Updated: Dec. 21, 2014
As early as the mid-1990s, individuals within the Jewish community in the UK were discussing the potential of setting up a pluralist Jewish secondary school in London. Until 1981, every Jewish school in the UK had operated under Orthodox auspices. By 1999, three pluralist primary schools were thriving, and the political and Jewish communal climate was ready to support the development of a new kind of Jewish secondary school. A feasibility study in 2001 led to the formation of a steering group and the project was born.
Updated: Dec. 10, 2014
This article provides an overview and analysis of a relatively new phenomenon: congregational schools that have altered the conventional grammar of schooling, either through their structural arrangements or through their curricular approaches. Five pre-bar/bat mitzvah models are discussed: family schools, schools as communities, informal / experiential programs, afterschool/day care programs, and those that deconstruct and reconstruct the conventional model. In addition, three curricular innovations are examined: project based learning, learning organized around the interests and abilities of the students, and Hebrew Through Movement. Also considered are the factors that are necessary to the survival and proliferation of these new structures and curricular arrangements.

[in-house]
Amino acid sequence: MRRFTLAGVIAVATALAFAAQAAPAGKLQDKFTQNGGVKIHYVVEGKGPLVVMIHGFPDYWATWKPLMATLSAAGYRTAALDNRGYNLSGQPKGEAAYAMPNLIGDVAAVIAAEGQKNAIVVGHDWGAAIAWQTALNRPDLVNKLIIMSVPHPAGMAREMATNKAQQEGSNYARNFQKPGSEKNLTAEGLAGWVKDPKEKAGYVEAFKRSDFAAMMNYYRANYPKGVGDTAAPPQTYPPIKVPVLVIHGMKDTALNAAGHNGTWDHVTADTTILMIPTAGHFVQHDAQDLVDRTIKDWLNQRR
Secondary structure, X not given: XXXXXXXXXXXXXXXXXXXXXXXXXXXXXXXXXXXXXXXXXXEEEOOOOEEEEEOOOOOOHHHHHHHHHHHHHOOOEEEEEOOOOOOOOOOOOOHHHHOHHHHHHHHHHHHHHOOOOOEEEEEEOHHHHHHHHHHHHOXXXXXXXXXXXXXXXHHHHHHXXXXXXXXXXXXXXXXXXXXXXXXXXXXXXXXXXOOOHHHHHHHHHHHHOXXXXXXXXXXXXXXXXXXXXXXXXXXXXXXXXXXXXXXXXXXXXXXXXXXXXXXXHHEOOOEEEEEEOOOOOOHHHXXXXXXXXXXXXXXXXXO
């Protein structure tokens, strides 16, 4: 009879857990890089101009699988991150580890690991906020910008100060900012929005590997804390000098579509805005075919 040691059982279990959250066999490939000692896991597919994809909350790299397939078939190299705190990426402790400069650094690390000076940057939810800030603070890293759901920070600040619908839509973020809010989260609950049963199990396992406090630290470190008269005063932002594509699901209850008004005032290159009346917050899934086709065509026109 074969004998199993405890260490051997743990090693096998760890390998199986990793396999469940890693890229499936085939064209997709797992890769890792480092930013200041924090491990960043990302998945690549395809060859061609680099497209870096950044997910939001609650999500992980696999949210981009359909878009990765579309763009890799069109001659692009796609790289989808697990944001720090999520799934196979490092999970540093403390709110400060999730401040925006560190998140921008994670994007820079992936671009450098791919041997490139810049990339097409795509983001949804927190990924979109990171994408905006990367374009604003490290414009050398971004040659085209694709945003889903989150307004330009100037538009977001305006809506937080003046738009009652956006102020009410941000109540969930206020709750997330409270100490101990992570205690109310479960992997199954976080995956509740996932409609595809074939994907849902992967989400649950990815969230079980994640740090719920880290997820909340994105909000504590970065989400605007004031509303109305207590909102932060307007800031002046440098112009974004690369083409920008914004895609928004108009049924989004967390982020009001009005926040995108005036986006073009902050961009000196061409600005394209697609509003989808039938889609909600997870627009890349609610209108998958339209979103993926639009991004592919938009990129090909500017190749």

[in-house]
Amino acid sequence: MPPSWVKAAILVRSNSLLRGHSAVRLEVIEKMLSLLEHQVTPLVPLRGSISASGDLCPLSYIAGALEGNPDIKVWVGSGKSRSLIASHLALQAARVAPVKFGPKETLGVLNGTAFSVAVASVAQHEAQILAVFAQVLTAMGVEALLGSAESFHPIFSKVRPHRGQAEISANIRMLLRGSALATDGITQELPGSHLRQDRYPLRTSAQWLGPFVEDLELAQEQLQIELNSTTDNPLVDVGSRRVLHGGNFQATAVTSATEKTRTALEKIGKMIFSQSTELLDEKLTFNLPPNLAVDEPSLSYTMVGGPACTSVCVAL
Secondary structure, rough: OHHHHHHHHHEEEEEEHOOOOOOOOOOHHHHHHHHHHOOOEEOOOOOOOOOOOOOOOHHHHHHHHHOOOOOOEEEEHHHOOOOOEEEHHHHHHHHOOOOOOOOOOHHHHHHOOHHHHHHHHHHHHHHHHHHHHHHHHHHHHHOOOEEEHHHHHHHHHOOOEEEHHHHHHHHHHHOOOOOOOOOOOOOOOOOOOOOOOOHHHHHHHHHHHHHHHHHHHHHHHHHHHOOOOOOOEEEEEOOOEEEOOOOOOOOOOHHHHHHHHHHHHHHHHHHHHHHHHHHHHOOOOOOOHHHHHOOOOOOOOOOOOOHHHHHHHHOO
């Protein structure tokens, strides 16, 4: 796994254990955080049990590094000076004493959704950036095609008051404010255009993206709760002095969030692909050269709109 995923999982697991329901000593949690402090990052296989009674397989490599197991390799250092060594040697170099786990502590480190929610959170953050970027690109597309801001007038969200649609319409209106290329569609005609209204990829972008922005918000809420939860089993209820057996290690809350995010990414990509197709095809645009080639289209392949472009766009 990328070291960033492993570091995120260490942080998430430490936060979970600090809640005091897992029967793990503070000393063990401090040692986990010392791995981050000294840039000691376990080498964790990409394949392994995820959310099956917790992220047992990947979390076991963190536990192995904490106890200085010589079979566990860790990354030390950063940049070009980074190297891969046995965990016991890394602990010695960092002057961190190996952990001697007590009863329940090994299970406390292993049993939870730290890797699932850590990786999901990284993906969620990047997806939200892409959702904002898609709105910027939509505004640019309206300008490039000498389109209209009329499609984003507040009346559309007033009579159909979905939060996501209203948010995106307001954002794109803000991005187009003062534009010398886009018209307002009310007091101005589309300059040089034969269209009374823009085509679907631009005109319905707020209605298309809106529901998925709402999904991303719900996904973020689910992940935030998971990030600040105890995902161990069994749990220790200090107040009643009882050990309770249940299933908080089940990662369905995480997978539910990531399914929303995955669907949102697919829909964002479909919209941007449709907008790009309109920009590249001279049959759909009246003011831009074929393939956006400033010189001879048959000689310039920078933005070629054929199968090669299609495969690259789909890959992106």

Updated: Sep. 18, 2014
I’m with the Hyman Brand Hebrew Academy in Overland Park, Kansas, in the greater metro Kansas City area. The school was founded in 1966. It’s a community day school that recently affiliated with RAVSAK. It has 230 kids in grades K-12. I’m also the rabbi of an Orthodox synagogue in town. Five years ago, we started a Judaic studies track in the school called Matmidim, offering more rigorous Judaic studies developed by teachers who are observant. I’m now the director of the program.
Updated: Jul. 31, 2014